Specific embodiments of this invention are illustrated in the accompanying drawing, in which- Fig. 1 is a partial elevational view of a parenteral administration set embodying the principles of this invention; Fig. 2, a cut-away perspective view of the container closure and air inlet structure which are largely responsible for the new results achieved; Fig. 3, a perspective view of the air inlet tube of Figs. l and 2; Fig. 4, a cutaway view similar to Fig. 2, but showing a modiiied form of the invention; Fig. 5, a cross-sectional view of an intravenous container equipped with a. plug-in fitting illustrating another embodiment of the principles of this invention; Fig. 6, a cross-sectional operational View of the embodiment of Fig. 5; Fig. 7, a cross-sectional View similar to Fig. 5, showing a modied structure; Fig. 8, a cross-sectional View of an intravenous solution package embodying still lanother form of the present invention; and Fig. 9, a fragmentary plan view of the air-permeable diaphragm incorporated in thev structure of Figs. 5 and 6.
The preferred environmental or cooperating structure for the air inlet means of the present invention can be described as a transparent-walled container having an intravenous liquid therein and adapted to be supported for the administration of said liquid by gravity flow, including means providing an outlet passage for the liquid. In combination with this structure, there is provided in accordance with the present invention means for admitting air beneath the surface of the liquid within the container in visually-observable bubbles at a countable rate directly proportional to the liquid outflow rate through the outlet passage. The advantage and new result thus achieved is that the number of bubbles per unit of time is a measure of the rate of liquid flow.
Looking iirst mainly at Fig. 1, there is shown part of an apparatus for the parenteral administration of an aqueous base liquid including a liquid supply container or bottle A and a conduit means or assembly B, providing a communicating passage extending from container A to the point of administration of the liquid. By way of specific example, container A may have an intravenous saline solution therein which ows downwardly through conduit assembly B into the vein of the patient through a needle (not shown).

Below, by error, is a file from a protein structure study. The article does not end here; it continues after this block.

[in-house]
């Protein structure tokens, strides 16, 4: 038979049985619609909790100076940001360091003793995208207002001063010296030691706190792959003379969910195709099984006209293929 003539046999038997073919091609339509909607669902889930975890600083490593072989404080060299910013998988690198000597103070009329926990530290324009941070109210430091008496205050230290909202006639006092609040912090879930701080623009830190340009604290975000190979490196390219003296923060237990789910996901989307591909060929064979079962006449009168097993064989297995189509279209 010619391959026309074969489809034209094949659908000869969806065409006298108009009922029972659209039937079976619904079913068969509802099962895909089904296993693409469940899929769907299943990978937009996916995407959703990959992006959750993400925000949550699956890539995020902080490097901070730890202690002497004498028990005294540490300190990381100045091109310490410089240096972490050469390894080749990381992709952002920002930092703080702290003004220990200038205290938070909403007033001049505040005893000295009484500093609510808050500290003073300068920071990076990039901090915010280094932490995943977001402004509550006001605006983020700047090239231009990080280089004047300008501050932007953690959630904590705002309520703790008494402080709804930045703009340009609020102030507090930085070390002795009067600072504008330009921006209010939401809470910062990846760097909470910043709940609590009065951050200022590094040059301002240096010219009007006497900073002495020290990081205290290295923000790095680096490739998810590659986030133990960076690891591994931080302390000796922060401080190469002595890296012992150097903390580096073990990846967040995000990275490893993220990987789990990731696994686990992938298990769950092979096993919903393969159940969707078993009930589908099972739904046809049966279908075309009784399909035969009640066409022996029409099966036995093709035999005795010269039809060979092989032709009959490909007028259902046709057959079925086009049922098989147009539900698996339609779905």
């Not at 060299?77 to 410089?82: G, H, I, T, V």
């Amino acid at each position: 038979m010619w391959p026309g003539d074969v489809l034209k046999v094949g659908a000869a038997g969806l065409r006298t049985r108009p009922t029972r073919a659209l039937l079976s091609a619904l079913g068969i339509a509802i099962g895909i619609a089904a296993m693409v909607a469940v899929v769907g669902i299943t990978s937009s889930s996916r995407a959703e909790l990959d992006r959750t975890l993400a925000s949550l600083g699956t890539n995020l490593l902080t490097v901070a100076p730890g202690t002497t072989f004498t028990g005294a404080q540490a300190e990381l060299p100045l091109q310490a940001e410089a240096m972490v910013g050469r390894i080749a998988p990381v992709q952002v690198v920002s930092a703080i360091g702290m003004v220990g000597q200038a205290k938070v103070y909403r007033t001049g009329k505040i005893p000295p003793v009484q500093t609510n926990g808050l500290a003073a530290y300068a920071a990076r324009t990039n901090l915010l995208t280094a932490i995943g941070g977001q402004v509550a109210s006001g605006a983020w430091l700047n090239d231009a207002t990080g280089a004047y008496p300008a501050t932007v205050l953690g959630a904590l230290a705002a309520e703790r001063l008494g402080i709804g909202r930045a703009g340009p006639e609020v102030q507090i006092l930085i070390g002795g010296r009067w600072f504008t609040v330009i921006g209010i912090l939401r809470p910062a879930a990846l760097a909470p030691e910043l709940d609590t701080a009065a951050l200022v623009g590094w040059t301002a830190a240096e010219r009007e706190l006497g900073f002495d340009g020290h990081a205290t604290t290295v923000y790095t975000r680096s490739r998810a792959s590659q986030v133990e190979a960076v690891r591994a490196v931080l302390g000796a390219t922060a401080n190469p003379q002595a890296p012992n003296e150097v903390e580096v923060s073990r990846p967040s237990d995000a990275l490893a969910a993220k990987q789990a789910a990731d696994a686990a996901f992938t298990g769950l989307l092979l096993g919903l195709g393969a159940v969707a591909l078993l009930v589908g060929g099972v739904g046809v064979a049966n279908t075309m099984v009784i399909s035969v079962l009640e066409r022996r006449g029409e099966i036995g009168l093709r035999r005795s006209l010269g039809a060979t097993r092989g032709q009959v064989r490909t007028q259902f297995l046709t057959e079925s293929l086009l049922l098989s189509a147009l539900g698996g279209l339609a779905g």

1n the specific illustration given, in order to provide for the supporting of container A in an inverted 4position, as shown, it is provided with a recessed ring having a support bail 11 pivotally connected thereto. Container A is also provided with a neck portion 12 enclosing an open mouth which is covered by a closure or cap assembly 13 having a retaining ring 14 which holds plug or stopper member 15 in place.
Stopper 15 is preferably constructed of a resilient flexible material such as soft rubber and is provided with an air inlet opening 16 and a liquid outlet opening 17, as shown more clearly in Fig. 2. When openings 16 and 17 are of the type illustrated, it is customary to pro* vide a diaphragm or seal (not shown) on the outside of the stopper 15, which is removed to prepare the container vfor the administration. Usually a hollow plug-in connection 18 is inserted in opening 17 with its lower end secured `to a flexible hose 19. It is preferable to provide hose 19 with an adjustable clamp for constricting the hose to regulate the rate of flow, for example, a control clamp 20 of malleable metal can be disposed about a portion of hose 19.
In the preferred embodiments of this invention as illustrated in the various figures of the drawing, there is provided a valveless, constantly-open air inlet passage having a substantially constant resistance to the infiow of air at a given flow rate and arranged to admit air beneath the upper surface of the intravenous liquid while it is being administered. Further, the air inlet passage has a portion restricting the inflow of air and providing a liquid seal, and another portion inwardly thereof providing an air collection chamber for releasing air bubbles into the solution. Preferably, the air inlet passage terminates in an outlet within or beneath the neck portions of the containers, and is dimensioned and arranged for releasing discrete, visually-observable bubbles, so that the bubbles will rise from the level of the container neck to theupper surface of the intravenous liquid within the container. l
d In the embodiment of Figs. l to 3, an air inlet tube 221 is inserted into passage 16, as illustrated in Fig. 2. Air inlet tube 21 provides a capillary portion 22 and inwardly therefrom an air collection chamber portion 23. In the illustration given, the air inlet passage through tube 21 gradually enlarges in cross-sectional area above capillary portion 2,2 into air collection chamber 23.
v Air inlet tube 21 and stopper 15, where lthe stopper provides part or all of the air inlet passage, can be formed of a wide Variety of different materials, including plastics, glass, rubber, metals, wood, etc. In other words, the material of construction is not especially critical. However, for simplicity of manufacture it is coni venient tol mold the air inlet tubes from a suitable plastic. Stopper 15 is preferably made of soft rubber.
Although it is not essential for the operation of the embodiment of Figs. lV to 3, it is preferred to provide outwardly of capillary passage 22 a filter chamber 24. Filter chamber 24 receives a wad or ball 25 of airpermeable fibrous material such as loosely intermeshed fibers of cotton. The air entering lter chamber 24 passesthrough filter plug 25 before entering container v A, thereby removing particles of dirt or other solid contaminants in the air which might otherwise enter the solution.